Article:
Student editors have repeatedly said said they are being forced away from responsible journalism and learning.

According to the Chicago BreakingNewsCenter, editor Pam Selman said at last night’s meeting, “The worst part about it all is that (the censorship) is not just unlawful — it’s bad teaching and bad journalism. The fact that we are students does not deprive us of our rights as journalists working on a limited public forum to be free from unreasonable restraint.”

The board now argues the Statesman is not a public forum.

At any rate, the board’s statement continues the puzzle that is Stevenson High. The board reiterates its belief it is an exemplary learning community. Journalism students, meanwhile, only learn more about restraint and review even though their course description presents the following:

Journalism: Newspaper Production (Accelerated )

ENG951-Semester 1, ENG952-Semester 2

Open to 10-11-12 Full Year

Prerequisite: Journalistic Writing

Students do all the work necessary to produce the school newspaper, the Statesman. Staff positions include managing editors, copy editor, design editor, advertising manager, photo manager, page editors (news, opinions, sports, in-depth and feature), reporter and photographer. Staff members gather news, research and write copy, and help complete pages. Students who hope to be photographers are encouraged to take a photography course through the Art Department. Because this is a student publication, all responsibilities, from the planning of the content to the design of an issue to the processing of photos and the completion of pages, are handled by students. Afterschool work is necessary to the completion of each issue. This course may be taken more than once for credit. While students are welcome to enroll if they meet the prerequisite, they must complete the interview and application process in the spring to be considered for admission.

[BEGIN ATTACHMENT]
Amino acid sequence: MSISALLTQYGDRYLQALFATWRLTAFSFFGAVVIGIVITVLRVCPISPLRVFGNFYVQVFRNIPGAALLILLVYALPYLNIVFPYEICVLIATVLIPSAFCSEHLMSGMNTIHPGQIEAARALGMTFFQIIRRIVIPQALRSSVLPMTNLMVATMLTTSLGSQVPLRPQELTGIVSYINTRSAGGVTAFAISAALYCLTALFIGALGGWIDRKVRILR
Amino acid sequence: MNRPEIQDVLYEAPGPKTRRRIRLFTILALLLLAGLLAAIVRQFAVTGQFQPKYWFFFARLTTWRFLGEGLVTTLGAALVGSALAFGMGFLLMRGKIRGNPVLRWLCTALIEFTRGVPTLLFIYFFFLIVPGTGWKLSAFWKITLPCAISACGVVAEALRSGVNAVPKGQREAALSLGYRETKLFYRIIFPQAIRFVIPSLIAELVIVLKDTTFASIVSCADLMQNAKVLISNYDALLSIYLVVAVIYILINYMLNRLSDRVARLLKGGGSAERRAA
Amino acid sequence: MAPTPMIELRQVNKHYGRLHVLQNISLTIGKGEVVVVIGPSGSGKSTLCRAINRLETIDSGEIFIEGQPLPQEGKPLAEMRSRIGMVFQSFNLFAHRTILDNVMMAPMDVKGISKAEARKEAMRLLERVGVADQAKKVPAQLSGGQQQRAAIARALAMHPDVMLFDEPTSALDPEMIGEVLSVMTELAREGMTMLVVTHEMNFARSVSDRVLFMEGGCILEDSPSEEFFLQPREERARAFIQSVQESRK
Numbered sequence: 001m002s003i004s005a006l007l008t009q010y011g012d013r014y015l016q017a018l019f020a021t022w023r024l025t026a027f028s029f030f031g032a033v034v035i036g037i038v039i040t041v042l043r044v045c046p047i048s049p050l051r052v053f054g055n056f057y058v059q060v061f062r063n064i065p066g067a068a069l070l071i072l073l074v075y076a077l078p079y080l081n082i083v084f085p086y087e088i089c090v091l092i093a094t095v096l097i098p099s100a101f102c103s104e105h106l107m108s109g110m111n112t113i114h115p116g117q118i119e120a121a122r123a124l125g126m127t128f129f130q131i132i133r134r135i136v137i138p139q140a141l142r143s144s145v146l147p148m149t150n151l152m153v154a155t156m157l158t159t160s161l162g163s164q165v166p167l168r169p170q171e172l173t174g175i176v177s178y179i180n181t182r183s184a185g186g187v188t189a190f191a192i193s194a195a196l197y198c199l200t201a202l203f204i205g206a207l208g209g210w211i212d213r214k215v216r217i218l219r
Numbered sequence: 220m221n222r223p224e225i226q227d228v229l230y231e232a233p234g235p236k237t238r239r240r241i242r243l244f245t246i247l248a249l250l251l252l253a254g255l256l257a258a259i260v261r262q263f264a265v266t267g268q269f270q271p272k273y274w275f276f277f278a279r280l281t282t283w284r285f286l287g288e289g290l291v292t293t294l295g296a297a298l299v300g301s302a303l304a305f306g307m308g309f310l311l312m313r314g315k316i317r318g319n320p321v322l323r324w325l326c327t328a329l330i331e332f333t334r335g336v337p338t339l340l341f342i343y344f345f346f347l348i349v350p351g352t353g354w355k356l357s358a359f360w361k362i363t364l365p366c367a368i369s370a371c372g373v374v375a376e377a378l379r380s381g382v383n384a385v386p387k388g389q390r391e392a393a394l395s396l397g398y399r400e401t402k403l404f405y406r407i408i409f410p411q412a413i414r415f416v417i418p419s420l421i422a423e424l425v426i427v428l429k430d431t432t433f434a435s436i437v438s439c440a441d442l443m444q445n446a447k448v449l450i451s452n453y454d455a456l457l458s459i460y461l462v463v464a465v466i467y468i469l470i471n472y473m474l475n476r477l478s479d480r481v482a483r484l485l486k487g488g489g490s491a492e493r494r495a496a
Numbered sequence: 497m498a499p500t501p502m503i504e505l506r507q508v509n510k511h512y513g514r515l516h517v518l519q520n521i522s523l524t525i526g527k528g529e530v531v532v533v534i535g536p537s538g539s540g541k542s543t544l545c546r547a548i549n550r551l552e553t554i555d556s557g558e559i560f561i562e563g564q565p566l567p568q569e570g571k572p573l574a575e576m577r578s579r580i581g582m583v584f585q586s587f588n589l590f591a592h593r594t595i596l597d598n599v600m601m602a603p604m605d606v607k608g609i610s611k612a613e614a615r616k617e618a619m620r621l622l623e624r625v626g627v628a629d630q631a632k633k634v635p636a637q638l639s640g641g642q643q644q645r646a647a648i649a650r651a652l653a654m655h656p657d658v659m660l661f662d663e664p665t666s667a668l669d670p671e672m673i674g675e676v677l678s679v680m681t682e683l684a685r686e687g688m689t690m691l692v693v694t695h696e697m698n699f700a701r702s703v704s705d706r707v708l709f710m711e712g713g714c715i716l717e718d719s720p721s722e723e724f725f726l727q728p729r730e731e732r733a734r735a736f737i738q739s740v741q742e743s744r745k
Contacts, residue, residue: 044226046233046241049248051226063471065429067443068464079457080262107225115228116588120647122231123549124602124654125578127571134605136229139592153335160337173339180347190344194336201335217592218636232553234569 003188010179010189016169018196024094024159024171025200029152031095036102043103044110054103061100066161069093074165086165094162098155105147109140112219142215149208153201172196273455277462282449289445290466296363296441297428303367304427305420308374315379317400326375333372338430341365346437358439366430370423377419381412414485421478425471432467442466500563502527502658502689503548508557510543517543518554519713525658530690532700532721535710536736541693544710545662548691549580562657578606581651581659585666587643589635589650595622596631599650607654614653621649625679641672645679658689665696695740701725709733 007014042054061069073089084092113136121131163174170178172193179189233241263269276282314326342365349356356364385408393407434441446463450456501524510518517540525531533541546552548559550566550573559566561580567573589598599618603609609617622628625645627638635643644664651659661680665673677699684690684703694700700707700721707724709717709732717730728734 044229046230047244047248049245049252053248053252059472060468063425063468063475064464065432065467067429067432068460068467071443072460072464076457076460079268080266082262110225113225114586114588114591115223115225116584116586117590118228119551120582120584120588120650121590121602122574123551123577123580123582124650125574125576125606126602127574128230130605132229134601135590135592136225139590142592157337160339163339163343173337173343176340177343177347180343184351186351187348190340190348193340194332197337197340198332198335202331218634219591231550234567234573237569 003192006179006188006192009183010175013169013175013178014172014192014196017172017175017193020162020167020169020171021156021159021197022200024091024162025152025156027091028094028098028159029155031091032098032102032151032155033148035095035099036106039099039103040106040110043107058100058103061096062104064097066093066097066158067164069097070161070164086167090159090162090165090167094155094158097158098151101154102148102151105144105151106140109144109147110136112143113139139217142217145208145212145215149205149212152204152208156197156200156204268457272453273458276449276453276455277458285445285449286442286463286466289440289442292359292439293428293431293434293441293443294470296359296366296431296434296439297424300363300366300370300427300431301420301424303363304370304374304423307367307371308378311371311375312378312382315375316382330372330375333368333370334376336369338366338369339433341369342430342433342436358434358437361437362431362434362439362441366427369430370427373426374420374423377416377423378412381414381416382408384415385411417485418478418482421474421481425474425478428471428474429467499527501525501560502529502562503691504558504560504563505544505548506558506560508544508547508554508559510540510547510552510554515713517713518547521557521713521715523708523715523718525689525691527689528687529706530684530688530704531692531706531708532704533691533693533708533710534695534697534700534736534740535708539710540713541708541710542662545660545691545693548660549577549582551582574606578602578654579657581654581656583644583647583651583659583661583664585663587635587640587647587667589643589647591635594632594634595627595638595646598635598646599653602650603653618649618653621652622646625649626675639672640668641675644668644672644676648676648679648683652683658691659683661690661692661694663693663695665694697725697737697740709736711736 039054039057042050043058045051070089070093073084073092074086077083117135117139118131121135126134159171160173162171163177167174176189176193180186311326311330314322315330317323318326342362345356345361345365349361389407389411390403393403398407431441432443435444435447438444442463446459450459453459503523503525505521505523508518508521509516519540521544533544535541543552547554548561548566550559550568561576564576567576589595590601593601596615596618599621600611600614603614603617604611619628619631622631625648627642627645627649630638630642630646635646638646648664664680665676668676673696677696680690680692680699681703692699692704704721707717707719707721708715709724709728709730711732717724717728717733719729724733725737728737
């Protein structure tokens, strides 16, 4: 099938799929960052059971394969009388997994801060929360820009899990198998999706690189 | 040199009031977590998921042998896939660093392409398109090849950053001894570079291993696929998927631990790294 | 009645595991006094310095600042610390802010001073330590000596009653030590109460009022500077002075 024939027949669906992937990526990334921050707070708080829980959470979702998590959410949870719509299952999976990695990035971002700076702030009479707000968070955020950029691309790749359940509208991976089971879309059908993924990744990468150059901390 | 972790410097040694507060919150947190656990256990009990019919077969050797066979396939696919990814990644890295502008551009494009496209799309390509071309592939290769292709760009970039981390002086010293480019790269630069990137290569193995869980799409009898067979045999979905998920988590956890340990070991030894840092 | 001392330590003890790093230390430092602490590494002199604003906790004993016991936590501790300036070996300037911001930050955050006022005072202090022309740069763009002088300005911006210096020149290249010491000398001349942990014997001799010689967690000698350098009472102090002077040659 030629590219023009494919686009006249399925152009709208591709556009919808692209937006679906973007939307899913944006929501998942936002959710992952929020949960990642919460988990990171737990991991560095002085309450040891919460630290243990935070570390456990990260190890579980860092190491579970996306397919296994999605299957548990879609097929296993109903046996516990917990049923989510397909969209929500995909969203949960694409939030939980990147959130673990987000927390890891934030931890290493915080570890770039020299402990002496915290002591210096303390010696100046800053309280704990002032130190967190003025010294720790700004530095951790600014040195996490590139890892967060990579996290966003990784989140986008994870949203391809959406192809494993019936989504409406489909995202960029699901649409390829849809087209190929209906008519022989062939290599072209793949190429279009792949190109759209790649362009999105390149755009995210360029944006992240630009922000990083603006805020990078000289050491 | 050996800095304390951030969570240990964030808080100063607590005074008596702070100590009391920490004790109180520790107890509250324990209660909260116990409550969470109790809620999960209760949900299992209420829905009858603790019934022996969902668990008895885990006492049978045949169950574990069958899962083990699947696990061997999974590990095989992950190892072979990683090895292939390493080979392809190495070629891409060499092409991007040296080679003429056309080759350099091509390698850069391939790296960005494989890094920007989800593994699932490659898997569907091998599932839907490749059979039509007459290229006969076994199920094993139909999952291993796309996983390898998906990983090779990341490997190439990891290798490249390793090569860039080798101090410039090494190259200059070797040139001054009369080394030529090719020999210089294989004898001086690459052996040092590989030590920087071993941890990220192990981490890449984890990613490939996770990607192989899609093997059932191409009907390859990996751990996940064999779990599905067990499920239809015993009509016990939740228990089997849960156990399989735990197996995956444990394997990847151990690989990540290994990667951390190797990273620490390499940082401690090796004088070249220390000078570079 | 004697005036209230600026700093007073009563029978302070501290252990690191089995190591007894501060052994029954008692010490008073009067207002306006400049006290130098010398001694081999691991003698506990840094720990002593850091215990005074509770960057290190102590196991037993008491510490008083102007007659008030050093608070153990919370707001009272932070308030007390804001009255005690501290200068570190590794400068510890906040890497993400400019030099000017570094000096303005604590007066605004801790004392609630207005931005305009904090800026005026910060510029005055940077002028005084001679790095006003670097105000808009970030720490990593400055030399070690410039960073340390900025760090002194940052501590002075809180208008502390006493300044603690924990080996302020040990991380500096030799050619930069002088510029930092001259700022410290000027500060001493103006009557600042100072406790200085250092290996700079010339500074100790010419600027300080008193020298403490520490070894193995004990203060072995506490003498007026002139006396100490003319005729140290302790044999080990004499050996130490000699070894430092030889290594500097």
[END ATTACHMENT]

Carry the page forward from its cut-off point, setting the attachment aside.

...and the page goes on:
Collaboration, so far, seems very one-sided and directive.

And, as seen in this college editor’s column, Stevenson is not the only school changing the playing field. Additionally, censorship continues at Timberland High in Wentzville, Missouri.

For additional stories, see the Chicago BreakingNewsCenter story. Read the Daily Herald story.